living in hawaii, you grow up learning and participating in a lot of chinese culture and tradition. you have friends who are first or second generation chinese. you meet your friends' parents who only speak chinese. this can be said of japanese and filipino and korean also. being part chinese, though not having grown up in a chinese household, it was interesting to be among my people, whom i felt a small connection towards.(im not claiming to be full chinese--i think chinese-americans living in hawaii will understand this, but elsewhere may not). i saw the old fragile ladies walking down the street and i thought of my mama making trips to the bank or going to chinatown. or middle aged ladies laughing at each other's jokes and i thought of my mom and her sisters. or old grandpas working, and I thought of my grandpa driving home the yik lung truck. however, whenever i saw other foreigners, especially white people who spoke english, it was a relief, and my immediate thought was that these people were my people. even though we look nothing alike. those were the people who i can communicate with, who probably have a closer western framework like i do. and the thing is, growing up what some people call and cling to tightly as asian-american especially in an asian dominant culture, i am priveleged to understand a little of and have feet in two cultures. my heritage is asian, USA is my nationality, and my identity has roots in both, but neither is its foundation. when considering race, we're all different. we all bring different stories, complexities, nuances and colour to the greater story. recognize the colour, the slanted eyes, the flatter noses, shorter statures, but go beyond that. no one ethnicity is a monolith. we all have history and culture that runs deep.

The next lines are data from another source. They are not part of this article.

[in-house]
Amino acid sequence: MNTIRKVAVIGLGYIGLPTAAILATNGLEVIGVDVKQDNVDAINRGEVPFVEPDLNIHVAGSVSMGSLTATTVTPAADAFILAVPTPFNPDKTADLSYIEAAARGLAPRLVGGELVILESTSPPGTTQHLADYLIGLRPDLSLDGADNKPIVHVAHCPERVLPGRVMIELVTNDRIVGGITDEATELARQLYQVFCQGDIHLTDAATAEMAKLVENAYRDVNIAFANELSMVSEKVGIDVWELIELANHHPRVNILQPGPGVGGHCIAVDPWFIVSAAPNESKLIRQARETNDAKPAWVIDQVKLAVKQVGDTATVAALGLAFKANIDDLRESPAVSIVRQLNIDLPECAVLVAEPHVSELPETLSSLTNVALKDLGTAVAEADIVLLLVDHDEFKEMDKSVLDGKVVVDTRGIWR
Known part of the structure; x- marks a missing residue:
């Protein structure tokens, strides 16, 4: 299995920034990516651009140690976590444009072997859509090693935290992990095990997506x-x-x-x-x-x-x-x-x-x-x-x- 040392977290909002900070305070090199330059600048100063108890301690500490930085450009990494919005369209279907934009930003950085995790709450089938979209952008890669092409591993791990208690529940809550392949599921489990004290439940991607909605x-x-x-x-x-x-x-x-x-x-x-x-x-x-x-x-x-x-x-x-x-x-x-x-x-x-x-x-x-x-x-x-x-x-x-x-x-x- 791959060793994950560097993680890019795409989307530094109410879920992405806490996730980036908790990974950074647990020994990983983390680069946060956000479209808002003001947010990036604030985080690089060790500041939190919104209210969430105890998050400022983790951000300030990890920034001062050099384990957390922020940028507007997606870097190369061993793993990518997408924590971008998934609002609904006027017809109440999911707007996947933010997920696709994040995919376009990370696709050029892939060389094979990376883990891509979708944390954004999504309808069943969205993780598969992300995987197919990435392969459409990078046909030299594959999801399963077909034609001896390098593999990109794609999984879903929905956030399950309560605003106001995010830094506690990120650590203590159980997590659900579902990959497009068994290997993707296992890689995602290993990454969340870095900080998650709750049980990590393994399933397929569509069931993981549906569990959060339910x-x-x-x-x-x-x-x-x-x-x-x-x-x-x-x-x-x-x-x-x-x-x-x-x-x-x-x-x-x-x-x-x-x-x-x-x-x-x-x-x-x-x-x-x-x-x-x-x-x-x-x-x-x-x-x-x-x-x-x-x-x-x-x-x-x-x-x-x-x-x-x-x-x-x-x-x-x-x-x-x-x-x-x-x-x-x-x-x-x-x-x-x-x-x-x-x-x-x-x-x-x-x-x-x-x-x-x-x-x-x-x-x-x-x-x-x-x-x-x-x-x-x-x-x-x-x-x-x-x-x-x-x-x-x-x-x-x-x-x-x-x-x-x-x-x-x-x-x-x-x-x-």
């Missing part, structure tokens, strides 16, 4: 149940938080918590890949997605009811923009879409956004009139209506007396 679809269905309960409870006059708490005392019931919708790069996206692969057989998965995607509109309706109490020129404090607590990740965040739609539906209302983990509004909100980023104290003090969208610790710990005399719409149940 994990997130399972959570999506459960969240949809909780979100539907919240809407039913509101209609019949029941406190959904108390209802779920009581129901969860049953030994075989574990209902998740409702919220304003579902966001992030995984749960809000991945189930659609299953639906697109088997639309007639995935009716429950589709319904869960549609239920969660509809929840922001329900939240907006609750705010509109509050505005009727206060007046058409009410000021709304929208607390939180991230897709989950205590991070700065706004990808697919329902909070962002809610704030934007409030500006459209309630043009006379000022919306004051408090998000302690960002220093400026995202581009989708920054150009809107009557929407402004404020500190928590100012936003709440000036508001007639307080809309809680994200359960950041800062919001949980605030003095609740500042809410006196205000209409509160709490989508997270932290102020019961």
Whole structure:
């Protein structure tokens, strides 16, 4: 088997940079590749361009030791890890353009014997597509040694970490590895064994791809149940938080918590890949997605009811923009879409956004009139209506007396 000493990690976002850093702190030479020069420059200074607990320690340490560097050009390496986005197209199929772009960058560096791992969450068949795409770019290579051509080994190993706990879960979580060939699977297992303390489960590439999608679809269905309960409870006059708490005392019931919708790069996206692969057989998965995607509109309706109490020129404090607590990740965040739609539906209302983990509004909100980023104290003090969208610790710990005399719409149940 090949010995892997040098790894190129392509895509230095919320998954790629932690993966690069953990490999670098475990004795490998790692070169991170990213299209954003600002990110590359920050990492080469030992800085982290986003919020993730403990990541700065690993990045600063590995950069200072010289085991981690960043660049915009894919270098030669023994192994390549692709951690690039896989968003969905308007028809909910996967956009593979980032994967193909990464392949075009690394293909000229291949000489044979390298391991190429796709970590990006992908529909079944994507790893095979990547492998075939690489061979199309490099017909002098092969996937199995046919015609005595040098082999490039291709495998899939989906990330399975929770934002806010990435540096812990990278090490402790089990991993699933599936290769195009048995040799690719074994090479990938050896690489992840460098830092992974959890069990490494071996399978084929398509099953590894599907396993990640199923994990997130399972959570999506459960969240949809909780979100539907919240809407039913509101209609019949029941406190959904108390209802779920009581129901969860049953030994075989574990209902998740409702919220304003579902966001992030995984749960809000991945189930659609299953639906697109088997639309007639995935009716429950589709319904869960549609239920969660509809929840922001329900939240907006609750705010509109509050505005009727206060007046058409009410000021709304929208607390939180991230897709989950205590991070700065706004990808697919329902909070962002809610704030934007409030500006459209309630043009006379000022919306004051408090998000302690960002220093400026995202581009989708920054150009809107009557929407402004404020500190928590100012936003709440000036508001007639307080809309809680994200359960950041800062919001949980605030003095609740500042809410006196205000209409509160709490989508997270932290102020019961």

and to think i was just gonna caption this:
I'm going to Witchita. #doors